I have a friend who loves mushroom gathering. He takes his kids to the woods and everyone looks for mushrooms, and when they find them, they put them in the basket. After and hour or two, they go back to the car, and in the grass they dump out all the mushrooms and sort them into different varieties. With a field guide, he looks up each variety, sorting the piles into edible, inedible, and unknown. Gathering up the first pile, he puts them back in the basket and takes his family home to enjoy the harvest.
So how does he make sure not to poison his family?
He’s no expert, but he has a field guide and mushroom-hunting friends. He uses his guide to pick out the useful mushrooms and errs on the side of caution. He may bring some of the questionable ones to ask his friends about. Even when collecting goes badly and nothing is edible, he and his family learn about the life of the forest ecosystem: what mushrooms grow where, how living things decompose, and how the forest changes in subtle ways from month to month. After a few years, he picks out some edible ones with confidence.
What languages do you know…badly?
Any polyglot or anyone with learning languages as a hobby will have received this question. I usually start with my best and move down the list to the worst, usually trailing off into the ones for which I barely remember a word.
If I want to know about the language ecosystem around me, I don’t have to be an expert. I only have to enter into that forest. Even if I only have a guidebook, I can start observing, collecting, and sorting—tasting only what I’m sure about. If I don’t learn any new words, I can always enjoy the speakers around me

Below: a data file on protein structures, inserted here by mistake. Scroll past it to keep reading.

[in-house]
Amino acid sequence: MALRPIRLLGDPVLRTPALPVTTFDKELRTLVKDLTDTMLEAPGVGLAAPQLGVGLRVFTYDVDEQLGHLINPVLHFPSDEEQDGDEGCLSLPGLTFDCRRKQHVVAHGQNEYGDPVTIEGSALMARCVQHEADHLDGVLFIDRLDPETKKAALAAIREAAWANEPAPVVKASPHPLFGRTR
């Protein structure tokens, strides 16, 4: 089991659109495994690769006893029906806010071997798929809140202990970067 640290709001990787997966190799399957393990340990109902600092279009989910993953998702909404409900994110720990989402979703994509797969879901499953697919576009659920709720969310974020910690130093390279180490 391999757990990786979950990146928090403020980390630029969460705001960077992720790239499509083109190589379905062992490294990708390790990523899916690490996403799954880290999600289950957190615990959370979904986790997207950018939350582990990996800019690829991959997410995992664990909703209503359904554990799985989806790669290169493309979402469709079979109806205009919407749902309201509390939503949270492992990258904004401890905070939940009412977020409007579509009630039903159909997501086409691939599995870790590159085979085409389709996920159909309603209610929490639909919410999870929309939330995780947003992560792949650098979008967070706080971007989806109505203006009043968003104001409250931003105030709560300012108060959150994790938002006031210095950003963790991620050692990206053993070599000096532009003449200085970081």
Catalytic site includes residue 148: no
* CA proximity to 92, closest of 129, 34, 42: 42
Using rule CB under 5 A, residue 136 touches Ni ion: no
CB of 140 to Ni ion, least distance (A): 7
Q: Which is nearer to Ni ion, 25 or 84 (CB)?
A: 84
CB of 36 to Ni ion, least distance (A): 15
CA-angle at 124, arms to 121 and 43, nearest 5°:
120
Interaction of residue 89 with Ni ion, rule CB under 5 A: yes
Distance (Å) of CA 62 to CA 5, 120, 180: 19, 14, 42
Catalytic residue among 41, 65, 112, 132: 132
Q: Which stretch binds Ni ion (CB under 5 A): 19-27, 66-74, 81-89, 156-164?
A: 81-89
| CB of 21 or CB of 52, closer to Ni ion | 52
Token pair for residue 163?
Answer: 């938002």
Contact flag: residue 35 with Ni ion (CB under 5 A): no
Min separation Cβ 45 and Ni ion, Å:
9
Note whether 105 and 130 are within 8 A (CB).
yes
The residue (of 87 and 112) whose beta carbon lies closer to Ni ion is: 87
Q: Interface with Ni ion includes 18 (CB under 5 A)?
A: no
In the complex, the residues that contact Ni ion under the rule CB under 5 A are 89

Someone told me the story of an event that convinced her that she was bad at languages. She had been learning French in high school. She went to Montreal and ordered a pastry in French. The person responded in plain old French—way faster than she could understand anything. She was ashamed and humiliated—never to return to speaking a foreign language.
She’s not bad at languages; she’s a novice, still learning about what works and what doesn’t.
Enjoy what you know
The secret is to rejoice in what you know, not scare yourself by what you don’t know. I knew a guy in Kiev who literally knew one word of English: “Yes.” He would use it every chance he could with me, and was happy when I reacted. Good for him!
You can learn mushrooms by gathering them and looking them up. You can learn a language by gathering a few words and tasting the ones you trust.
When I leave the parking garage at work, I always greet the attendants in Amharic. They know me by now, and they try to teach me something new to say—though I never remember it by the next time.
I will be going to Greece soon. I will trot out my 20 year-old, never-really-ever-good Modern Greek. “Where is the…uh…big [follow my finger as I trace it in the air for you]?” is a good one. Another is, “I don’t know. I know very little Greek.”
Guess what? That is how I started every language I learned.
I speak Russian fluently and have worked as an interpreter. Yet it has not always been so.
In my second year of learning the language, I ran into some Russians in a touristy part of Colorado. (This was in the late 80s, so these were the first Russians I had ever seen in person.) I managed to say hello and my name. I couldn’t really say much else, so taking pity on my, this man just had me review the days of the week with him (Monday, Tuesday, Wednesday…). Just like my friend’s mushrooms, he and I looked over what I had gathered, selected what we knew was safe, and enjoyed.
What language do you know badly? Get it out. Dust it off. Speaking badly is the first step to speaking well. If you don’t enter the forest, you are guaranteed not to get sick from mushrooms. If you get in and search, though, you will likely find a few tasty ones. If you don’t find any good ones, you will have experienced a great time in the forest, nevertheless.